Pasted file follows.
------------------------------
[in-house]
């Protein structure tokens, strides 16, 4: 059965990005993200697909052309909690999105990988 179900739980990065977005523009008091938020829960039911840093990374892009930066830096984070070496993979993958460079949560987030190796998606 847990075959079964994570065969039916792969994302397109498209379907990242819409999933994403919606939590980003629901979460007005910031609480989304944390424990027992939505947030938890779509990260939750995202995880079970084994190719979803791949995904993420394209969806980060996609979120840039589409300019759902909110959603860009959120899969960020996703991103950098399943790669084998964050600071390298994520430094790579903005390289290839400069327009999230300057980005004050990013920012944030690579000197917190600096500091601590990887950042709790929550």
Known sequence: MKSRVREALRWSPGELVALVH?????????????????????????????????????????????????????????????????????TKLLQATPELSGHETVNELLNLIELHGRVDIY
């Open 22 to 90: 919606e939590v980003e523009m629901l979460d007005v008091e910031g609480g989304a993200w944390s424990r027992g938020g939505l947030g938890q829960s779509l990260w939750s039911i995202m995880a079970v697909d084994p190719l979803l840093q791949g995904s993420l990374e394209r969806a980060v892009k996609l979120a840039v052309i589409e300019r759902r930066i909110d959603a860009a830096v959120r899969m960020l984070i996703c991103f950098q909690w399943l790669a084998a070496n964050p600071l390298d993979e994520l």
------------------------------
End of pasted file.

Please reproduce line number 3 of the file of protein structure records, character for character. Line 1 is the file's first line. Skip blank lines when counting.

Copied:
Known sequence: MKSRVREALRWSPGELVALVH?????????????????????????????????????????????????????????????????????TKLLQATPELSGHETVNELLNLIELHGRVDIY